which indicates that Prob(symbol=0) is 0.3, Prob(symbol=1) is 0.3. Prob(symbol=2) is 0.4. The source sequence for AC encoding is

  • 1 1 1 2 0 2 0 1 0 1 0 1 2 2 1 0 0 2 1 0
    The encoded binary bit stream is
  • 10010000 10010001 01000110 11100100 11 (34 bits)
    Here the frequency model doesn't match the distribution of source sequence. But it only decreases the compression ratio and doesn't change the characteristics of AC. If the third symbol 1 is replaced by 2 and 0 respectively, the encoder will give out the corresponding binary bit stream
  • 10001000 00011000 10011011 01000101 1 (33 bits) and
  • 10010111 01111010 11010100 01100011 00 (34 bits)

Only a few bits in the front are the same in these three cases. The numbers of output bits are also different, i.e., the change of the previous symbol changes the encoding of the following symbols completely.

The loss of source symbol also diversifies the encoding of the following symbols. If the sequence of source symbols is

  • 1 1 2 0 2 0 1 0 1 0 1 2 2 1 0 0 2 1 0
    (with the first symbol lost), it's encoded to
  • 10001100 10010000 10000101 01011111 (32 bits)
EXAMPLE 2

Assume the same symbol frequency model as that in the previous case.

The sequence of symbols for encoding is

  • 1 2 2 0 2 0 1 0 1 0 1 2 2 1 0 0 2 1 0 1
    The encoding output is
  • 01110000 01010011 10110001 11110010 01 (34 bits)

Suppose there is one bit (7th bit) error in the bit stream, which turns it into

  • 01110010 01010011 10110001 1111001001.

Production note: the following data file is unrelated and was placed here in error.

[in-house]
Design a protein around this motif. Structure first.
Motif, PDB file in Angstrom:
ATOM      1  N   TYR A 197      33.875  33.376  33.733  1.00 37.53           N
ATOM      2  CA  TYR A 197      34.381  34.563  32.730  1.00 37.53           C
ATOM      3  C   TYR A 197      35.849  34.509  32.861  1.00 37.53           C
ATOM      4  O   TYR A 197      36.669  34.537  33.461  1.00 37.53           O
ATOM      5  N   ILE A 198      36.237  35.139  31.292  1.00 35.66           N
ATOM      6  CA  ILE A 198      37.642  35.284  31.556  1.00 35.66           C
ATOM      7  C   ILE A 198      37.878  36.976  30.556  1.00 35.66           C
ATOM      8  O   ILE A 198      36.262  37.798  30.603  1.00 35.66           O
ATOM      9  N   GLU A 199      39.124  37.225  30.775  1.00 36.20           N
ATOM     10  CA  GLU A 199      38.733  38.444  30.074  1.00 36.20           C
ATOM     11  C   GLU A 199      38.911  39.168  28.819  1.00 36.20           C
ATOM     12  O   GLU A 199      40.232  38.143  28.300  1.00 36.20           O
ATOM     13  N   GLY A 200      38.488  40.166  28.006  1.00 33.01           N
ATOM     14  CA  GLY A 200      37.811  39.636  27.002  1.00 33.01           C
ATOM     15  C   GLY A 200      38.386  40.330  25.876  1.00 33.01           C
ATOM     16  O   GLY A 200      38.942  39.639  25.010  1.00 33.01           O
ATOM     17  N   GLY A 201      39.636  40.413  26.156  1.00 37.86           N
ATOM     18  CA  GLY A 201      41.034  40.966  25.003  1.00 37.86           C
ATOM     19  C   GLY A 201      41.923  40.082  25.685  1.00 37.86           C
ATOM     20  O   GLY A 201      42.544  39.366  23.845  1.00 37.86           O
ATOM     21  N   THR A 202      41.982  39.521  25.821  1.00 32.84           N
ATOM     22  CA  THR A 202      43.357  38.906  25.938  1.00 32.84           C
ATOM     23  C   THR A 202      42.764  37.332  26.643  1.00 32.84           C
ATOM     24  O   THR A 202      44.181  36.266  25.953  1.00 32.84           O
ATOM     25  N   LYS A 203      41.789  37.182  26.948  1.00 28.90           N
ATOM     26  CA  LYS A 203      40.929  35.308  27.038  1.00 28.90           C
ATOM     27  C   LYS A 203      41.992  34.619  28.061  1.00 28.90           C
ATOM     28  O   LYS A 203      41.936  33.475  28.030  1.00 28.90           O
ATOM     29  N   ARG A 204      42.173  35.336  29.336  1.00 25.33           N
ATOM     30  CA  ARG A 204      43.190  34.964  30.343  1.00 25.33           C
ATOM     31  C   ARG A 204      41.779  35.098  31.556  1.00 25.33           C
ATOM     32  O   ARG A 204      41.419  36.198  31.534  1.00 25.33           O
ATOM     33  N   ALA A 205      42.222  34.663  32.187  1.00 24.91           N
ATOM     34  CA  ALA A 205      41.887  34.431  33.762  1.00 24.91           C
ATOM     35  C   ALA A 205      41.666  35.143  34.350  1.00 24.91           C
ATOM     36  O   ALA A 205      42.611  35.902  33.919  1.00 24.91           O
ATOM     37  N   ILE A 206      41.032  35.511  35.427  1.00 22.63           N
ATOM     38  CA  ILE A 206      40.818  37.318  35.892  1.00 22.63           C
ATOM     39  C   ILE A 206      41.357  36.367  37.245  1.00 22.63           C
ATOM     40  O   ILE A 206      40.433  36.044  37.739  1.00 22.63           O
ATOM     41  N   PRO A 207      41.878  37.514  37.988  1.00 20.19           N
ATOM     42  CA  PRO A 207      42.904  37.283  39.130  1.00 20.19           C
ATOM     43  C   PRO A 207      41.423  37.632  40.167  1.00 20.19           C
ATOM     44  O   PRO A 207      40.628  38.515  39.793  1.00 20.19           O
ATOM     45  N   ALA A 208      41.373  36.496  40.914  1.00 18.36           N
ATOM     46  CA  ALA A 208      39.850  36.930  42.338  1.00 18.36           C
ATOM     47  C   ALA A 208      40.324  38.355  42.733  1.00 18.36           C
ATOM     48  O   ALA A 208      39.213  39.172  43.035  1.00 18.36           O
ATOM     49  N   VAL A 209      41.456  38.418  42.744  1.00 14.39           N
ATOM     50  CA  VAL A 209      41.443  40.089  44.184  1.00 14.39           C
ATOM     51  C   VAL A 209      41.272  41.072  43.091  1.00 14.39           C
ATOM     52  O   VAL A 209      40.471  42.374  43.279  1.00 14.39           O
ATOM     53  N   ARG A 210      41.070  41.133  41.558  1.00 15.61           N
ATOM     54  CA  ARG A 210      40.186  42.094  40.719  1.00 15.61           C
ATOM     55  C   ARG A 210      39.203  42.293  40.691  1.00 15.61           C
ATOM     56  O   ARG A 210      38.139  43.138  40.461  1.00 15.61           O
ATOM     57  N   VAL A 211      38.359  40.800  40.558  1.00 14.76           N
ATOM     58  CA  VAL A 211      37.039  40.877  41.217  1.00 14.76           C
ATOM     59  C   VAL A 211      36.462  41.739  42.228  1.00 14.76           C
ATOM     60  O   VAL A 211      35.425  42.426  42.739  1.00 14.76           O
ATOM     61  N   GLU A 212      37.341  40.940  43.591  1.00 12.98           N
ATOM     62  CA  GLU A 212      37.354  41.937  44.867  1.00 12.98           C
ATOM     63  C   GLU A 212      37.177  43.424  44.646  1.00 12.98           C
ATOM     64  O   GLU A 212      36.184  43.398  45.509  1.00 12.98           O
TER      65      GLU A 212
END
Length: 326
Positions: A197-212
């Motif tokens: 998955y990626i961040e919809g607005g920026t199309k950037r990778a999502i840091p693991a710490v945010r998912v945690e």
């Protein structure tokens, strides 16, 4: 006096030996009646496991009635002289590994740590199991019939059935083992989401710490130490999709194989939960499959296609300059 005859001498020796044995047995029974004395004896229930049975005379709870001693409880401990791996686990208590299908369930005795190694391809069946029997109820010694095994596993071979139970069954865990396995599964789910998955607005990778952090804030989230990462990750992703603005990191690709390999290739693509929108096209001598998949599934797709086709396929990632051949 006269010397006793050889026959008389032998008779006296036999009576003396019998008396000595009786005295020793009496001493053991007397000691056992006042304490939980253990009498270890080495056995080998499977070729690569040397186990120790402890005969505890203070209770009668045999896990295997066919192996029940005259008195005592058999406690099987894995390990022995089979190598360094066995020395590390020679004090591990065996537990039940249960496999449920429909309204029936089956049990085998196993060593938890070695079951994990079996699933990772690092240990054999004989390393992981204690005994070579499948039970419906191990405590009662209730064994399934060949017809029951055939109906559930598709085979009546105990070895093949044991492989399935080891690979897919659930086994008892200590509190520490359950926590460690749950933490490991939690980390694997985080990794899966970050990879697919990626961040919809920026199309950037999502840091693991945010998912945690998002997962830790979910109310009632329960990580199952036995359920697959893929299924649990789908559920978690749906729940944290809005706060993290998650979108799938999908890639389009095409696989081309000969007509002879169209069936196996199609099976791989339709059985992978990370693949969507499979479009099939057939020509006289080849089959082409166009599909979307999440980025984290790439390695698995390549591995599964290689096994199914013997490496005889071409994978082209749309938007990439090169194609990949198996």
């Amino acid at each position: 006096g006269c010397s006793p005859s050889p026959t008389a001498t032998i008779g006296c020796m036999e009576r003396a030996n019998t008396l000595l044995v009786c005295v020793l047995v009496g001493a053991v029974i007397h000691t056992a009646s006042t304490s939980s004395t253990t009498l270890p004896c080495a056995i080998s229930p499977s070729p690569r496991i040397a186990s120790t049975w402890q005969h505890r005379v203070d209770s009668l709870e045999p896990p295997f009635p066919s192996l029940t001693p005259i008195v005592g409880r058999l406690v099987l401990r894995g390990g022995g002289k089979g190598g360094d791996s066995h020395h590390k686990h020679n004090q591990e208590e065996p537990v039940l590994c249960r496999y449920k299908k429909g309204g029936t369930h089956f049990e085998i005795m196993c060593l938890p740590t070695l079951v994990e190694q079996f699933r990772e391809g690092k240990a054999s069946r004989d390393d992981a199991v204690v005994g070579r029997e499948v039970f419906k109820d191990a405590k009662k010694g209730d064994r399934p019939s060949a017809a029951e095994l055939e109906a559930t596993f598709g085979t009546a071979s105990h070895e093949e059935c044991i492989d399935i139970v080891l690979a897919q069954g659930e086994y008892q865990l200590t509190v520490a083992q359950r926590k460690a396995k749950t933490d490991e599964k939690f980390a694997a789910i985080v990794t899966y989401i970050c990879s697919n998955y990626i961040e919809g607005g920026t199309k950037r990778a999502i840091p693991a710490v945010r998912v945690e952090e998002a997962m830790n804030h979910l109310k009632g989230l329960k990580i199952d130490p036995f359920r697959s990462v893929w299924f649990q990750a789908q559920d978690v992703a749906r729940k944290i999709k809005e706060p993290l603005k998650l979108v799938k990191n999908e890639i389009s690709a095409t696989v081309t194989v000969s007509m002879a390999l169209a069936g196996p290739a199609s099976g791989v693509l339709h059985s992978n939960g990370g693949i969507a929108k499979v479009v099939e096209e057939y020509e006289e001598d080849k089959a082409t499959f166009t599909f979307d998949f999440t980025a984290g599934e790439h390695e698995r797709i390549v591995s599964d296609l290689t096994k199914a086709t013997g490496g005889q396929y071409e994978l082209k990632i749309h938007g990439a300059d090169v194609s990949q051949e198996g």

Then the decoded symbol sequence is
  • 1 2 2 0 0 1 0 0 2 2 1 0 2 0 2 2 2 0 2 0
    The symbols after the 3rd one are totally different from the original symbols.

If the decoder erroneously locates the start bit position in the bit stream, the following symbols cannot be decoded correctly since in both cases the decoding path in the tree structure is misled.

Input symbol sequence:

  • 1 2 2 0 2 0 1 0 1 0 1 2 2 1 0 0 2 1 0 1
    Output bit stream after encoding:
  • 01110000 01010011 10110001 11110010 01 (34 bits)
    1 bit left shift:
  • 11100000 10100111 01100011 11100100 1
    Output symbol sequence after decoding:
  • 0 1 1 0 2 0 1 2 2 2 2 1 1 2 0 1 2 1 2 1
    1 bit right shift:
  • 00111000 00101001 11011000 11100001 001
    Output symbol sequence after decoding:
  • 2 1 1 2 0 2 0 2 1 2 0 0 1 0 2 1 2 1 1 2

From these examples we can see that even with a fixed frequency model, the correctness of encoding/decoding of the previous symbol dominantly decides the correctness of the following one. In the environment of a noisy channel the possibility for decoding errors is increased. In order to prevent the decoding errors from spreading, the inventors derived a slicing algorithm to truncate the whole subband into short bit streams before arithmetic coding.

The inventors also recognized the importance of knowing the precise location of the start bit of an AC encoded bit stream and thus, developed a conditional access sub-system based on this property.